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Background:

  • Vim :help states that a section begins after a form-feed (^L) in the first column [*].
  • In normal mode ]] or [[ can be used to navigate to the next or previous section (respectively).
  • However, it also stops at the next/previous { in the first column.

[*] I am ignoring that a section also starts at some troff macros

My problem:

  • I want to navigate between sections only, i.e., I want motions like ]] and [[ that only stop at the beginning of a section.

Questions:

  1. Is there already a built-in motion that solves my problem?
  2. Sure, I could just map some key combination to /^<C-L><CR>), but is there a better way? In particular, I don't like the idea of it messing with my search history.

PS:

  • To be honest, my real problem is that sometimes it is easier for me (and gcc!) to work with one HUGE file instead of splitting into several translation units. So I divide it into sections and I want to jump fast between sections without stopping at each function block. If you have a better approach, I would appreciate a suggestion as a comment.
  • Even though I am mainly editing C files, I guess I wouldn't care (that much) if a solution overrides the default behavior of [[ and ]]. Not overriding would be a plus, though.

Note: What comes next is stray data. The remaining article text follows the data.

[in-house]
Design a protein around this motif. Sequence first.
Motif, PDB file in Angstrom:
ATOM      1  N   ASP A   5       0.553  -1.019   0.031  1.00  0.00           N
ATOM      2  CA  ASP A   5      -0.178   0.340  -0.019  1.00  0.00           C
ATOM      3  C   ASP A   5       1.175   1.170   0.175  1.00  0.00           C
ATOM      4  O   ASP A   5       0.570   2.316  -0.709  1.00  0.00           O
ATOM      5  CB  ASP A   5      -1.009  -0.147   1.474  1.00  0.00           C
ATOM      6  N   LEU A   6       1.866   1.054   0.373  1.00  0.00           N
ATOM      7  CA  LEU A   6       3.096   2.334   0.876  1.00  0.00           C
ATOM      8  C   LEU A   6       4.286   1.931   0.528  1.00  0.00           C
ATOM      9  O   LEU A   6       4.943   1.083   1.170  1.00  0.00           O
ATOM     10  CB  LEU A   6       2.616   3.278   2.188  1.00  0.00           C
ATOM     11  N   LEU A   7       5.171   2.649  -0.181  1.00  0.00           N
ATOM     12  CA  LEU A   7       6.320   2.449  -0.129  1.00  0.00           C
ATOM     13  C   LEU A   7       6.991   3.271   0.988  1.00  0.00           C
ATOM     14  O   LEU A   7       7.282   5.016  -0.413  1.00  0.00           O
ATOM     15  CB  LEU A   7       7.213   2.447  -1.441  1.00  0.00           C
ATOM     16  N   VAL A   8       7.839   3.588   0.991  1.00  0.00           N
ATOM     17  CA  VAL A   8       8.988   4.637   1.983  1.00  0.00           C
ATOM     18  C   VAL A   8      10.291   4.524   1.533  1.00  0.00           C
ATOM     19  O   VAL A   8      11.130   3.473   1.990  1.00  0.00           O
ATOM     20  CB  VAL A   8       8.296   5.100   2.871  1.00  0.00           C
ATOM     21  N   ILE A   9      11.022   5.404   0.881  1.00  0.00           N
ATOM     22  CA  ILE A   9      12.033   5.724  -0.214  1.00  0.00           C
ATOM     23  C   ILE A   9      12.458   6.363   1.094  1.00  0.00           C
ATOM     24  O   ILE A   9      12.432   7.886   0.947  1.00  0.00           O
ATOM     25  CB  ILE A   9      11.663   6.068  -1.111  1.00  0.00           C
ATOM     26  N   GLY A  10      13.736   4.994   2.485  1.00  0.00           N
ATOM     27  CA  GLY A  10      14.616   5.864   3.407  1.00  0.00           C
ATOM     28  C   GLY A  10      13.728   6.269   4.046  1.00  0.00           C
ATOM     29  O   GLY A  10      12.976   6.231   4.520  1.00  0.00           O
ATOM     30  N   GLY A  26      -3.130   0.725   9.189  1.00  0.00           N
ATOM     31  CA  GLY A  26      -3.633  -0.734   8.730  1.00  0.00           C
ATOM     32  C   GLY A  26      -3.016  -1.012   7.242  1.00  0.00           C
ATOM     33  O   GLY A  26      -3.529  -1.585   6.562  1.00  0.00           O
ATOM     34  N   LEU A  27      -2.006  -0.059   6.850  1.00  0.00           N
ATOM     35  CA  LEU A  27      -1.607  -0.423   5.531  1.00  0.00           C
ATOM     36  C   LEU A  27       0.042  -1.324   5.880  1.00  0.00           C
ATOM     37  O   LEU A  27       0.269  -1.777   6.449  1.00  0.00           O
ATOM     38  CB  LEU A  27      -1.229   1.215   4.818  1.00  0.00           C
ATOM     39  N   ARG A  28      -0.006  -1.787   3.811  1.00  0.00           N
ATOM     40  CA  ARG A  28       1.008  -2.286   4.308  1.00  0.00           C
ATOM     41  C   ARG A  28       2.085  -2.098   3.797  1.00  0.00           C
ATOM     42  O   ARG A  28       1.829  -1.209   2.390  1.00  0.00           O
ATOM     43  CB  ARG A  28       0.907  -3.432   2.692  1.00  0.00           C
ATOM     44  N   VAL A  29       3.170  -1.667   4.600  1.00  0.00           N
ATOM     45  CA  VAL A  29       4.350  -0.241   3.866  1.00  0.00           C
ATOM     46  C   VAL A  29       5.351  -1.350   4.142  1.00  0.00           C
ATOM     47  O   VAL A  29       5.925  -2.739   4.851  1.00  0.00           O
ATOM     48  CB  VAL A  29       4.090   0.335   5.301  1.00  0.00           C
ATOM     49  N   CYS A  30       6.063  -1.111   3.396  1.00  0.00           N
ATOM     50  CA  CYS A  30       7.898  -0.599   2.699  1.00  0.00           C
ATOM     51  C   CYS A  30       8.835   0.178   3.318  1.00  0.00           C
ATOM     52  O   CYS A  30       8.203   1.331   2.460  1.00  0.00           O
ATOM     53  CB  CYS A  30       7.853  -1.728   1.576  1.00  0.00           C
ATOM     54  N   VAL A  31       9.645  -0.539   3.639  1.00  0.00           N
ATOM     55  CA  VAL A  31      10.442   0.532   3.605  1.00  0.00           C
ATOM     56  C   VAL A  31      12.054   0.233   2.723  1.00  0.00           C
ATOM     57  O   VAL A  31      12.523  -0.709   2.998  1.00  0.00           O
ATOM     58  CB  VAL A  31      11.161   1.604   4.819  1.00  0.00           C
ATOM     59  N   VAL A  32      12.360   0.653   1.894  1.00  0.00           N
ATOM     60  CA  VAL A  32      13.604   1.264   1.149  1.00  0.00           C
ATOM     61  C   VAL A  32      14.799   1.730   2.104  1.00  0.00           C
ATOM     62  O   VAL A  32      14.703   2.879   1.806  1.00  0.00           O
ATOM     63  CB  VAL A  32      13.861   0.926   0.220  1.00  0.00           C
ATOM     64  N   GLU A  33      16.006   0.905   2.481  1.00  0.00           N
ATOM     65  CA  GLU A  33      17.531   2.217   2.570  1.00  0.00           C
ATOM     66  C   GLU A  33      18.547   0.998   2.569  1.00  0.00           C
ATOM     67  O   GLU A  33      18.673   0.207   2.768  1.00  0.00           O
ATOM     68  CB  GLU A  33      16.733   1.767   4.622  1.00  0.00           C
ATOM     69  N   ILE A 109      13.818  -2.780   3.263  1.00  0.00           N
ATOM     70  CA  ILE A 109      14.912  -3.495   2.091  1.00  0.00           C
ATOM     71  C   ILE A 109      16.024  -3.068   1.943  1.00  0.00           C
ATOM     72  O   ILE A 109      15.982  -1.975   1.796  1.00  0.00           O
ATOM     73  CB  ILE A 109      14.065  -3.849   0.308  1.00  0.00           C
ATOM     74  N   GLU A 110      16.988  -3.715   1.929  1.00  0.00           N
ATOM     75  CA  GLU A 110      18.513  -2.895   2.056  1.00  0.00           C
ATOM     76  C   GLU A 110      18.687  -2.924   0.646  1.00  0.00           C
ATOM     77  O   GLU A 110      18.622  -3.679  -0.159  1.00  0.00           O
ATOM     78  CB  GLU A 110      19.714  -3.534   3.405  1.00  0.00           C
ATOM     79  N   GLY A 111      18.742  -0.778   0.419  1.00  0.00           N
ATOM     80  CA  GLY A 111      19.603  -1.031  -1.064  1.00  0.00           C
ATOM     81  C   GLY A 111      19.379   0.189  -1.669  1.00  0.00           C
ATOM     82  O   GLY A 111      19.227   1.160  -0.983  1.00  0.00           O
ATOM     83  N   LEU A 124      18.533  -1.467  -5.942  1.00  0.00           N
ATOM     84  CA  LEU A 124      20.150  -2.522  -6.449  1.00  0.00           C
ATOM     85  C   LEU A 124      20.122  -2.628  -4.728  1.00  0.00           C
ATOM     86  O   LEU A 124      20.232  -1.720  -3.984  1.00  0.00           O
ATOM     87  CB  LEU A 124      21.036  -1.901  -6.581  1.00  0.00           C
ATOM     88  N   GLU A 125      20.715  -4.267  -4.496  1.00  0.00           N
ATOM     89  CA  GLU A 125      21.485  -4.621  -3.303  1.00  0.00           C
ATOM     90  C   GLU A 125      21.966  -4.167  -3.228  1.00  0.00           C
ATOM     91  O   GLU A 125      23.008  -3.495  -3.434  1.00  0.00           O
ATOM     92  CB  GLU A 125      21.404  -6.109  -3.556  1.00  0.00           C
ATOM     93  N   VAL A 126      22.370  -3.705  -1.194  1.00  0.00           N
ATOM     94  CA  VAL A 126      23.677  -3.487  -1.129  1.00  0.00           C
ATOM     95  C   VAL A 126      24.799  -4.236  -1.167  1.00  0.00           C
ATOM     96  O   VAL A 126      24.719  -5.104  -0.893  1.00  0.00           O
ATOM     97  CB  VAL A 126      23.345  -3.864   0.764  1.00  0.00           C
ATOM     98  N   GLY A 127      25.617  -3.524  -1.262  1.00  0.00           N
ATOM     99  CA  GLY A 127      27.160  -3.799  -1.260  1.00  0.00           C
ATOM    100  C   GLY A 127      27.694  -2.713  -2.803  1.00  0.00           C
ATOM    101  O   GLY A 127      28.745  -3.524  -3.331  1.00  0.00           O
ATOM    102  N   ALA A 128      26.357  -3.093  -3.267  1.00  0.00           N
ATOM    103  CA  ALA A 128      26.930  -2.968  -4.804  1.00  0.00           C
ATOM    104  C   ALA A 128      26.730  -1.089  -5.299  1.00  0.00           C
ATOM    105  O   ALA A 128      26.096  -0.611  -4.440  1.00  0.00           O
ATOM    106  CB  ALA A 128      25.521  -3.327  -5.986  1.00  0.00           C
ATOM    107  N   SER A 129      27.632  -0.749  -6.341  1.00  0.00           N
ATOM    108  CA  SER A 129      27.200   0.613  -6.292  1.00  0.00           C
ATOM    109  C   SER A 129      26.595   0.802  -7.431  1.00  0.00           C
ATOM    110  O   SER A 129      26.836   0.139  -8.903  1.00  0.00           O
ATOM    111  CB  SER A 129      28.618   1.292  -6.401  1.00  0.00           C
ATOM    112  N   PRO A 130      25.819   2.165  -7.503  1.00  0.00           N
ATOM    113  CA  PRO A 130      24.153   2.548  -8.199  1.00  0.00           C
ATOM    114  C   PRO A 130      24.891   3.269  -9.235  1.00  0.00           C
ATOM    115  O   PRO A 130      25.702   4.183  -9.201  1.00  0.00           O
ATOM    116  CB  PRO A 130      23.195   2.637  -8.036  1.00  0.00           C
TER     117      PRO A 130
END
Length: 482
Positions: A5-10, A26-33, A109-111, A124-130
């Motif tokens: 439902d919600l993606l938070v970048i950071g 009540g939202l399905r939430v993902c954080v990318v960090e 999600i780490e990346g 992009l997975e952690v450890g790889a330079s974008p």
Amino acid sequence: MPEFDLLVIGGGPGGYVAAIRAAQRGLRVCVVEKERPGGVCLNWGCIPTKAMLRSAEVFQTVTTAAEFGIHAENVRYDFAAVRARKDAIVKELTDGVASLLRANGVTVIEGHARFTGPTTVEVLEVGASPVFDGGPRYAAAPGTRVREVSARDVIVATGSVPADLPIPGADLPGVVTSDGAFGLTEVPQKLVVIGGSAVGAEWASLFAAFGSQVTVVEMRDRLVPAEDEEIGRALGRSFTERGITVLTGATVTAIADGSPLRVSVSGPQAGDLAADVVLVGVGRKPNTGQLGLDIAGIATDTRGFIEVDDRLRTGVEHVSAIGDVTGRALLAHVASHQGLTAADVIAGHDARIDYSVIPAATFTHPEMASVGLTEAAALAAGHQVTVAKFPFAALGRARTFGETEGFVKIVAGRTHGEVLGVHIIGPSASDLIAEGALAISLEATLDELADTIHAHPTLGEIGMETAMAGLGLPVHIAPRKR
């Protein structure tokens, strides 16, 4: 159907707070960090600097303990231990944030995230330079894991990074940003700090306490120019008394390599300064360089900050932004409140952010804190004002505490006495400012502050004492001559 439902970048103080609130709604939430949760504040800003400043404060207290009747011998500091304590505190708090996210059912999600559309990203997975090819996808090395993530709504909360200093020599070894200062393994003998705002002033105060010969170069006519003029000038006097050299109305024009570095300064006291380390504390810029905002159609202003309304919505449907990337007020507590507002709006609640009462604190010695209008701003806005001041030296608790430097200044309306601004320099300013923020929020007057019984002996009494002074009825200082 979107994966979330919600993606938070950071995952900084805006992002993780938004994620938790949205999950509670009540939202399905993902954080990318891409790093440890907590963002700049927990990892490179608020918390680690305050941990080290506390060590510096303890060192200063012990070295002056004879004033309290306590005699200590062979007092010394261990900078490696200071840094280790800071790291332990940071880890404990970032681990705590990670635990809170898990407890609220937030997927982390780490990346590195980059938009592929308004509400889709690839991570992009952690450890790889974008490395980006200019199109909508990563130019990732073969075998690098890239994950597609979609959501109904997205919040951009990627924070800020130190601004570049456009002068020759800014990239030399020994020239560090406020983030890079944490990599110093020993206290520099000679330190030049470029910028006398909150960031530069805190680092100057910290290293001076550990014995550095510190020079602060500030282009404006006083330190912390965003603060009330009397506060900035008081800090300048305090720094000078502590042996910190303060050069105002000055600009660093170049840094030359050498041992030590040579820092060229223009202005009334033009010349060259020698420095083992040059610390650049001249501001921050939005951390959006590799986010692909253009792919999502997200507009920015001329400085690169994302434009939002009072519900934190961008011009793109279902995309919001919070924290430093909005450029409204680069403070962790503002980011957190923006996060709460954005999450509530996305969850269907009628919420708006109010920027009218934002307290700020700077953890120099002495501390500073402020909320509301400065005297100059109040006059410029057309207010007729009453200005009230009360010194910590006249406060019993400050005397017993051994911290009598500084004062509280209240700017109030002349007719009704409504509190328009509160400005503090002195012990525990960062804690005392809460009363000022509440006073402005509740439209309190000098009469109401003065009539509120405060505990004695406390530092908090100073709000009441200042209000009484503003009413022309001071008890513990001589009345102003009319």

1 Answer 1

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Yes, one problem with [[ and ]] is that they kind of try to do several things at the same time. Another problem is that redefining what a section is is not exactly simple.

Now, :help [[ hints at making your own mappings and there are a few default ftplugins that map [[ and ]] to work in a specific way. So you should probably consider something like this:

" in after/ftplugin/c.vim
nnoremap <buffer> [[ <Cmd>call search("^\<C-l>", 'b')<CR>
nnoremap <buffer> ]] <Cmd>call search("^\<C-l>")<CR>

Note the use of :help search(), which doesn't pollute register /.

If you want to use them outside of C, remove the <buffer> attribute and put them in your vimrc:

" in .vimrc
nnoremap [[ <Cmd>call search("^\<C-l>", 'b')<CR>
nnoremap ]] <Cmd>call search("^\<C-l>")<CR>
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  • Worked perfectly without polluting register /. I did have to replace <Cmd> with : but I imagine <Cmd> is a new notation not available on 8.2 (sorry I have no reputation to upvote you) Commented Apr 11, 2023 at 19:17

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